Once your target audience for the study is determined, we invite screened and carefully selected participants into the MROC study we are conducting for your brand or product category of interest. A market research online community (MROC) is a targeted group of people who are recruited into a private online venue to participate in research-related activities over an extended period of time. One way to think of them is like a large "focus group on steroids." They similar to focus groups in that they are qualitative and exploratory in nature, but offer a number of advantages over focus groups.
Over a period of weeks, research respondents are exposed to product and brand stimuli, open-ended questions, as well as quant-like closed end questions. They interact with other respondents and engage in conversations about your product or brand.For more details, see our discussion in our FAQ about "Qualitative versus Quantitative" market research methods.
MROCs provide aspects of both behaviorial ethnography studies, and focus group studies. The MROC approach has distinct advantages:
The beauty of this leading edge method is the real-world time-extension that allows for thoughtful incubation by participants. This method provides the value of the classic market research depth interview, yet with super-charged benefits of incubation by the participant, and by the client.
As with focus groups or depth interviews, online market research communities are often used as a prelude to quantitative market studies, customer online surveys, phone surveys, and other quantitative market research. Online research communities are applicable to both business B2B market research, industrial research, and to consumer research. They are especially useful in the early stages of strategy decision-making.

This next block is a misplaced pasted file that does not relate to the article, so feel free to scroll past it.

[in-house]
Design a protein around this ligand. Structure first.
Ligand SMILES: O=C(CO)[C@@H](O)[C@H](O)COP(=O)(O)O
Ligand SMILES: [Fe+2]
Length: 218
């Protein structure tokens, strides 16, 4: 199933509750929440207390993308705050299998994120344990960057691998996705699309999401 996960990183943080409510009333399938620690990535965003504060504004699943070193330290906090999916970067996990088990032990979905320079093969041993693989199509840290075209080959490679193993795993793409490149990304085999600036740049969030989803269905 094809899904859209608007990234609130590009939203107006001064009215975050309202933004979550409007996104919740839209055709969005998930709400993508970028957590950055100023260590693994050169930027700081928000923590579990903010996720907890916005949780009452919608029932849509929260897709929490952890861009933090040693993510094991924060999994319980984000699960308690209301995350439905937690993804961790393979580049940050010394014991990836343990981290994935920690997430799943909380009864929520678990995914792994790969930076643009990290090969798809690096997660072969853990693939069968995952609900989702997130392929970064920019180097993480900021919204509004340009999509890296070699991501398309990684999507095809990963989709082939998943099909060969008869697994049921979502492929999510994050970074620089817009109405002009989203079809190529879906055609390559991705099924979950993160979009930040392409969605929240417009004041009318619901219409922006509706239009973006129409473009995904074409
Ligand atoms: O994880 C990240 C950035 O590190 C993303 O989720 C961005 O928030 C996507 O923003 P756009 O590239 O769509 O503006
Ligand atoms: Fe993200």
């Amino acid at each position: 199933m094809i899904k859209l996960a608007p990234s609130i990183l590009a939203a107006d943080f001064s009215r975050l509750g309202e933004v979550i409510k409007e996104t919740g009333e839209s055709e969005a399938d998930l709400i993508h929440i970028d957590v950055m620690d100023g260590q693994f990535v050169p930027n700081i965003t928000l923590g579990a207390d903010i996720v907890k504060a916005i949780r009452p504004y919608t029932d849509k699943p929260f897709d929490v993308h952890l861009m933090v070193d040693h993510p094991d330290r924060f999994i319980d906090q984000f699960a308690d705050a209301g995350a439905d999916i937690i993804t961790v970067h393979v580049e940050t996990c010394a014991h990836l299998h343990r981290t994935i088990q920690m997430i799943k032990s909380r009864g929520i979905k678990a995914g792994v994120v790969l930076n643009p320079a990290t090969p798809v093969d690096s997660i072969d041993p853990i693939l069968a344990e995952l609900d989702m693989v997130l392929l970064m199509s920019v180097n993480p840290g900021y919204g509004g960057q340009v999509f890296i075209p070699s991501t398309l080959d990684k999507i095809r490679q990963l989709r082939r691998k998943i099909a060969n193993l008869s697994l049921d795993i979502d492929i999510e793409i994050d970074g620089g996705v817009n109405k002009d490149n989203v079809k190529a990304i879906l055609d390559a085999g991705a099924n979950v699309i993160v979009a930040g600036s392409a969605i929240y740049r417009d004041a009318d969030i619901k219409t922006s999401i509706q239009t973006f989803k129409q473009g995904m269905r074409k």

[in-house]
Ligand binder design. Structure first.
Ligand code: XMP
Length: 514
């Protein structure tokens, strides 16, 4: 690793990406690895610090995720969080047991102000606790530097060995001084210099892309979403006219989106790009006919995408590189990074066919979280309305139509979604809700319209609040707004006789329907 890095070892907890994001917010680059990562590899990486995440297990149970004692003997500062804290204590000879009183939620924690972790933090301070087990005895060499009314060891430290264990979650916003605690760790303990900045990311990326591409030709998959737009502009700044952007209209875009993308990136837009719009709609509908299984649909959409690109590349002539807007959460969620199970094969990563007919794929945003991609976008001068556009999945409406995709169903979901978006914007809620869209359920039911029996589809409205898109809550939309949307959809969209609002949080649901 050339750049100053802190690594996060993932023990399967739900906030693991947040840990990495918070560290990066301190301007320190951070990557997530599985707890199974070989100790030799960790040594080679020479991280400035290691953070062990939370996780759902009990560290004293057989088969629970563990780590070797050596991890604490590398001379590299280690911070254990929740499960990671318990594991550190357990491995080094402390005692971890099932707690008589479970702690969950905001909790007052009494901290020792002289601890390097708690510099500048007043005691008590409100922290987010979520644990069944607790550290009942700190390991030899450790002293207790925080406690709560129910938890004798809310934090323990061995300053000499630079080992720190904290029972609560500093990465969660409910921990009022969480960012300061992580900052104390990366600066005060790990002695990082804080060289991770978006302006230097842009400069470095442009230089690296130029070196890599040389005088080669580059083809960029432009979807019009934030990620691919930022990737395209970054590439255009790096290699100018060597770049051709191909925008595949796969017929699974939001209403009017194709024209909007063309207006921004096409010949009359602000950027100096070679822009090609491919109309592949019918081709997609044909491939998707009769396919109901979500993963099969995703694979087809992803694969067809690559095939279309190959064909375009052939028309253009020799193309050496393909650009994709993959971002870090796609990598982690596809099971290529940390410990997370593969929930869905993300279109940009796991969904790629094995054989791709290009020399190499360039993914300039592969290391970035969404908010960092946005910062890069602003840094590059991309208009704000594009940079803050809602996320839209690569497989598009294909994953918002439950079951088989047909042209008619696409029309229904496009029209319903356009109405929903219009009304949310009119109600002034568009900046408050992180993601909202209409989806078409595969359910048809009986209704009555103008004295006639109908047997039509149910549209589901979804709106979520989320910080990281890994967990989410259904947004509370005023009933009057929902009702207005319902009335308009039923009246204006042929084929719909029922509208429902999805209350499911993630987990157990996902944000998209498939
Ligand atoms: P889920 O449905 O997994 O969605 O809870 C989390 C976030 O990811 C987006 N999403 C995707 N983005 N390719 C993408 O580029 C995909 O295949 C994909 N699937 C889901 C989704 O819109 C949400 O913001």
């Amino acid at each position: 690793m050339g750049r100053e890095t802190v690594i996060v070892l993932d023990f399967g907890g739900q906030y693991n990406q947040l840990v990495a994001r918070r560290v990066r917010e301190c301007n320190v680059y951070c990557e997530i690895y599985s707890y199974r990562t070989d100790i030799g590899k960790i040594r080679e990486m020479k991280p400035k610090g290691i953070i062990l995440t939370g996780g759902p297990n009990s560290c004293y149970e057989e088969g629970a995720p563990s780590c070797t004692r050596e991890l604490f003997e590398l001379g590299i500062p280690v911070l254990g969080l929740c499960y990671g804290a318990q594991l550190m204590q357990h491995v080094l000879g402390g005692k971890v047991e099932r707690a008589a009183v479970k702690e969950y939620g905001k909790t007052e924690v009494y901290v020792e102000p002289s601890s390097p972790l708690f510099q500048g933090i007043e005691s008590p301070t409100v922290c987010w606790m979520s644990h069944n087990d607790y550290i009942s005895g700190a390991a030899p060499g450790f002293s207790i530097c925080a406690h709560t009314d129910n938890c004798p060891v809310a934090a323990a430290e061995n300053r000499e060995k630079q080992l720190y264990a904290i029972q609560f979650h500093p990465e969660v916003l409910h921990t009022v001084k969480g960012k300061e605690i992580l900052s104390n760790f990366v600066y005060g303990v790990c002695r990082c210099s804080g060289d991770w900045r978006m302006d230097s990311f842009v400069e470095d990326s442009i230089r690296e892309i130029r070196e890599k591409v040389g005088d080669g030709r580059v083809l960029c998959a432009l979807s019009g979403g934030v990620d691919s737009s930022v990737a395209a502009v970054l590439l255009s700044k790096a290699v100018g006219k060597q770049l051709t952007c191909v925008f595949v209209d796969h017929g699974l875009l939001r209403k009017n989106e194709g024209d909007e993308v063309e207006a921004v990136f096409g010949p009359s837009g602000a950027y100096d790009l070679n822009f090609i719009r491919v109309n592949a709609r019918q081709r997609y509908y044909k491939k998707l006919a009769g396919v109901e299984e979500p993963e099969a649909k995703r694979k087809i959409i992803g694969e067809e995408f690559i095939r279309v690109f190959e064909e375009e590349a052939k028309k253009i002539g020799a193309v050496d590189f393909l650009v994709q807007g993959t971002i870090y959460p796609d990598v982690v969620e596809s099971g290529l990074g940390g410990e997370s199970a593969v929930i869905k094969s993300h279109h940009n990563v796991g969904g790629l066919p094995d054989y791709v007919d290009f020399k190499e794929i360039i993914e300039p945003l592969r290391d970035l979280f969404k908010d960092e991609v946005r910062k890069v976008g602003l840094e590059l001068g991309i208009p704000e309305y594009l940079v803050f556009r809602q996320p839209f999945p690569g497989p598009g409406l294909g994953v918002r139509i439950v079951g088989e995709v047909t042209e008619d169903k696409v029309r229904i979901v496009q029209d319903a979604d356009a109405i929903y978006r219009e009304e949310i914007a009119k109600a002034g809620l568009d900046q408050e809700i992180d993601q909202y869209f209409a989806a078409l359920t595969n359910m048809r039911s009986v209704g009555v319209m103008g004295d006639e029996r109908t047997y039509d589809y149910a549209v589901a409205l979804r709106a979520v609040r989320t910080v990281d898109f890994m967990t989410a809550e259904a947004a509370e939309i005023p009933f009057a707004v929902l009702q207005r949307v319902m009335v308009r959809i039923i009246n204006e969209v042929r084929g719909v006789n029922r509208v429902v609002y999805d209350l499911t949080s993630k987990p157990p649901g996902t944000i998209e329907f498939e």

The main point of this exciting method is the value of getting in-depth insight into the buyer belief and attitude structure, and use this insight for business strategy development. For example, when scanning for strategic opportunities they can uncover important consumer and business buyer attitudes, beliefs, and behaviors that may precede an emerging trend. Non-directive techniques and projective research techniques are especially useful in defining buyer motivations .
Different from statistically reliable public opinion and market surveys, online surveys, and other quantitative techniques, qualitative methods like online market research communities should not be used for market sizing, measuring consumer or B2B brand preference, brand position, customer satisfaction or buying or product usage behavior. They are best suited for uncovering the spectrum or range of views, beliefs, attitudes, opinions, and experiences. This helps build assumptions and generate ideas which may warrant further assessment.
Aside from qualitative market research community studies, other qualitative methods include focus groups, and special observational qualitative methods such as ethnographic studies. (Photo ethnography, for example, uses various methods to watch what people do e.g. store shopping, using products in their home, behavior during a sales call, etc.)